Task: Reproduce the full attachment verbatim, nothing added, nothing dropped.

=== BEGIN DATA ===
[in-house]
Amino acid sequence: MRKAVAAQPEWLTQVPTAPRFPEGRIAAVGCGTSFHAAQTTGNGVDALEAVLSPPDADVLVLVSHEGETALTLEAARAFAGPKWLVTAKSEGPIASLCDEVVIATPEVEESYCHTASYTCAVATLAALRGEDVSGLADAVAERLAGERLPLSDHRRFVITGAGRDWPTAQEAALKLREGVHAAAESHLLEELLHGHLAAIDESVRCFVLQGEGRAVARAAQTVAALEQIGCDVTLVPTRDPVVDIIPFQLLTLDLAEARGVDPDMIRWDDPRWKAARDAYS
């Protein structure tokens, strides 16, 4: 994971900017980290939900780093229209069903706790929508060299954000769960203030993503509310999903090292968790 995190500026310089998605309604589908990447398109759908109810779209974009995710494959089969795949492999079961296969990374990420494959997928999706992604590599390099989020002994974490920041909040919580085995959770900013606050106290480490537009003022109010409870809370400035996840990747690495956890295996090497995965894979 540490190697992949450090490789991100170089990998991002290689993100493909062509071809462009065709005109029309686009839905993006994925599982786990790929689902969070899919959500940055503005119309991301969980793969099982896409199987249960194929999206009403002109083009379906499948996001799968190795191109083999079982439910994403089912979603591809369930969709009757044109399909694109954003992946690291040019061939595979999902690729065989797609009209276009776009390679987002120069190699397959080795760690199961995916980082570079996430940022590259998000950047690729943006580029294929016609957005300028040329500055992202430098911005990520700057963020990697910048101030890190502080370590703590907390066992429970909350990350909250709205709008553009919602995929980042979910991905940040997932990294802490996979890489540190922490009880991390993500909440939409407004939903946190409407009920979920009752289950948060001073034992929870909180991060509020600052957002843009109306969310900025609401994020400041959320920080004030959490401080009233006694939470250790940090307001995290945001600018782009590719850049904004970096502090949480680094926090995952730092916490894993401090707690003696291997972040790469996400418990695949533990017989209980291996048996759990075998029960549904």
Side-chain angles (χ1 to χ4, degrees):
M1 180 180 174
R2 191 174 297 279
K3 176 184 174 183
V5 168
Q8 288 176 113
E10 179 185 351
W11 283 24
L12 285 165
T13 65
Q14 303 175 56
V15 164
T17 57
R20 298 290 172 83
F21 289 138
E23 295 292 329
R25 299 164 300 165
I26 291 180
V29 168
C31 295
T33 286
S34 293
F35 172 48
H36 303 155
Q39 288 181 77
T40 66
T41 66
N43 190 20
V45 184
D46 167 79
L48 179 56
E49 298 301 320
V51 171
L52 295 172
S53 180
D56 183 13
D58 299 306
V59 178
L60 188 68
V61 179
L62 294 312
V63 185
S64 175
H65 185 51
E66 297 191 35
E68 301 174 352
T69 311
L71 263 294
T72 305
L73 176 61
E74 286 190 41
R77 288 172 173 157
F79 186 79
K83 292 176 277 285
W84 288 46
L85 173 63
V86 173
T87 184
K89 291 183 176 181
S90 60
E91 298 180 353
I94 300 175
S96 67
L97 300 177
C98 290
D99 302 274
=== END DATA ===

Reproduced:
[in-house]
Amino acid sequence: MRKAVAAQPEWLTQVPTAPRFPEGRIAAVGCGTSFHAAQTTGNGVDALEAVLSPPDADVLVLVSHEGETALTLEAARAFAGPKWLVTAKSEGPIASLCDEVVIATPEVEESYCHTASYTCAVATLAALRGEDVSGLADAVAERLAGERLPLSDHRRFVITGAGRDWPTAQEAALKLREGVHAAAESHLLEELLHGHLAAIDESVRCFVLQGEGRAVARAAQTVAALEQIGCDVTLVPTRDPVVDIIPFQLLTLDLAEARGVDPDMIRWDDPRWKAARDAYS
């Protein structure tokens, strides 16, 4: 994971900017980290939900780093229209069903706790929508060299954000769960203030993503509310999903090292968790 995190500026310089998605309604589908990447398109759908109810779209974009995710494959089969795949492999079961296969990374990420494959997928999706992604590599390099989020002994974490920041909040919580085995959770900013606050106290480490537009003022109010409870809370400035996840990747690495956890295996090497995965894979 540490190697992949450090490789991100170089990998991002290689993100493909062509071809462009065709005109029309686009839905993006994925599982786990790929689902969070899919959500940055503005119309991301969980793969099982896409199987249960194929999206009403002109083009379906499948996001799968190795191109083999079982439910994403089912979603591809369930969709009757044109399909694109954003992946690291040019061939595979999902690729065989797609009209276009776009390679987002120069190699397959080795760690199961995916980082570079996430940022590259998000950047690729943006580029294929016609957005300028040329500055992202430098911005990520700057963020990697910048101030890190502080370590703590907390066992429970909350990350909250709205709008553009919602995929980042979910991905940040997932990294802490996979890489540190922490009880991390993500909440939409407004939903946190409407009920979920009752289950948060001073034992929870909180991060509020600052957002843009109306969310900025609401994020400041959320920080004030959490401080009233006694939470250790940090307001995290945001600018782009590719850049904004970096502090949480680094926090995952730092916490894993401090707690003696291997972040790469996400418990695949533990017989209980291996048996759990075998029960549904």
Side-chain angles (χ1 to χ4, degrees):
M1 180 180 174
R2 191 174 297 279
K3 176 184 174 183
V5 168
Q8 288 176 113
E10 179 185 351
W11 283 24
L12 285 165
T13 65
Q14 303 175 56
V15 164
T17 57
R20 298 290 172 83
F21 289 138
E23 295 292 329
R25 299 164 300 165
I26 291 180
V29 168
C31 295
T33 286
S34 293
F35 172 48
H36 303 155
Q39 288 181 77
T40 66
T41 66
N43 190 20
V45 184
D46 167 79
L48 179 56
E49 298 301 320
V51 171
L52 295 172
S53 180
D56 183 13
D58 299 306
V59 178
L60 188 68
V61 179
L62 294 312
V63 185
S64 175
H65 185 51
E66 297 191 35
E68 301 174 352
T69 311
L71 263 294
T72 305
L73 176 61
E74 286 190 41
R77 288 172 173 157
F79 186 79
K83 292 176 277 285
W84 288 46
L85 173 63
V86 173
T87 184
K89 291 183 176 181
S90 60
E91 298 180 353
I94 300 175
S96 67
L97 300 177
C98 290
D99 302 274